Someone suggested to me that Rust is a good first programming language for beginners.
As a first programming language, Rust is wholly unsuitable. First of all, it’s a rather large and complex language compared to something like Python or Smalltalk.
The ownership and borrowing feature will be tough for newbies to wrap their heads around.
Second, newbies don’t need to concern themselves with runtime performance. They should focus on basic programming concepts and methodologies.
Third, the most popular programming methodology in the IT industry is, by far, object-oriented programming (or OOP). Without solid OOP knowledge, your professional options will be relatively limited.
The best way to learn OOP is with the Smalltalk programming language. It is the epitome of OOP and no other OOP language can compare with it. Languages such as Python, Java and C++ do a disservice to OOP.
Fourth, the employment opportunities for Rust developers are still fairly limited. At Indeed, for example, there are around 1,500 job postings for Rust, while for Python and Java, there are 90,000 and 60,000 respectively.
You will have much more difficulty finding employment as a Rust programmer. You will be competing with Rust experts for a limited number of positions.
Fifth, concurrency is an oversold feature. The practical reality is that most application classes do not make use of concurrency. In fact, most programmers don’t even know how to do concurrent programming, which is quite tricky.
Sixth, I’ve never seen any literature that says Rust is a good first programming language for newbies. I challenge you to cite such literature.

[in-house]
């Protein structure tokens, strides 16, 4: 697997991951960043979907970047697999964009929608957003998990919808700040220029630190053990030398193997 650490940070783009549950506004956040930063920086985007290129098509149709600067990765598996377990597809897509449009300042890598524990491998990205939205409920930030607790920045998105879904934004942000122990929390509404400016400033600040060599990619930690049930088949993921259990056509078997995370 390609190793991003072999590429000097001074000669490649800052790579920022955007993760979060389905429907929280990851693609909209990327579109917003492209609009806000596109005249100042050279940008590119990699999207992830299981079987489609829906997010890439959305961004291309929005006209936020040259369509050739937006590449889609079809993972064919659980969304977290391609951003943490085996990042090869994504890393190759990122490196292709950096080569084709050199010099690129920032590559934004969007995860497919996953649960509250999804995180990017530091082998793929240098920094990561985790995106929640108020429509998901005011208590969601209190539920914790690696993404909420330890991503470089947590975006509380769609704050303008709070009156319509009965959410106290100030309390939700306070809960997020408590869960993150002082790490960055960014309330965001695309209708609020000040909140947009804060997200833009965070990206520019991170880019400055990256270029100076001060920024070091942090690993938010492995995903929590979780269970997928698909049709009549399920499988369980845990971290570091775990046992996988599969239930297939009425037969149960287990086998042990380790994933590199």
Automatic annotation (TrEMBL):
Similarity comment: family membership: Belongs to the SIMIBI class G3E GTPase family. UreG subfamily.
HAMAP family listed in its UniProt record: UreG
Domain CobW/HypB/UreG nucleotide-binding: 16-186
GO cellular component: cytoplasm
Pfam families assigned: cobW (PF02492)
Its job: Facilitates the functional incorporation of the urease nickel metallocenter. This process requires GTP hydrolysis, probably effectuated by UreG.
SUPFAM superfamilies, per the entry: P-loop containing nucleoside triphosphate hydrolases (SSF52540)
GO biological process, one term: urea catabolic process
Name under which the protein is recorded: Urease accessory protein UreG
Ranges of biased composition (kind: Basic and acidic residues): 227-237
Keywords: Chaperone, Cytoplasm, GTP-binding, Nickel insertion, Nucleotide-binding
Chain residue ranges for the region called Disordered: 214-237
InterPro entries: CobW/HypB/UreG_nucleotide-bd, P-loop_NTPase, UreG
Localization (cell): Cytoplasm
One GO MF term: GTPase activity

The Stack Overflow surveys show that Rust is a Most Loved and Most Wanted programming language, not that it’s at all suitable for beginners.
I want to be perfectly clear. I think Rust is a terrific language, especially in certain problem domains, but I would not recommend it to newbies. I always recommend Smalltalk, a wonderful language with a plethora of qualities:
- dead easy to learn — you can learn all of Smalltalk’s syntax within 7 minutes!
- ideal for OOP — Smalltalk is OOP done right. Nearly all OOP languages derived their inspiration from Smalltalk.
- scalability — thanks to its OOP model, Smalltalk programs are nicely scalable to any size. In fact, Alan Kay, the father of Smalltalk, likened Smalltalk to a “software internet” of virtual servers (each object is like a little computer).
- extensibility — Smalltalk is endlessly extensible without the use of macros.
- DSL-like — Alan Lovejoy likened Smalltalk to domain-specific languages (or DSLs).
- extremely flexible and versatile — you have access to all the system source code, including compiler, runtime, editor, debugger, etc. Thus, you can adapt Smalltalk to any problem domain.
- since you have access to all the system source code (in Smalltalk), you can derive a much greater understanding of how computers work.
- super-productivity — according to a 2017 study by Capers Jones, Smalltalk is the most productive programming language among all the major languages.
- the reason for Smalltalk’s supreme productivity is its live programming environment. No other language does live programming like Smalltalk can. Code and data can be altered during runtime, greatly enhancing debugging. And it’s all done graphically!
With Smalltalk as a solid foundation, the rest of the programming world is much more easily accessible. Other OOP languages come into better focus. Have a deeper understanding of computing. Appreciate the value of live programming. Know what real scalability means. Become a better programmer. And have a lot more fun doing it.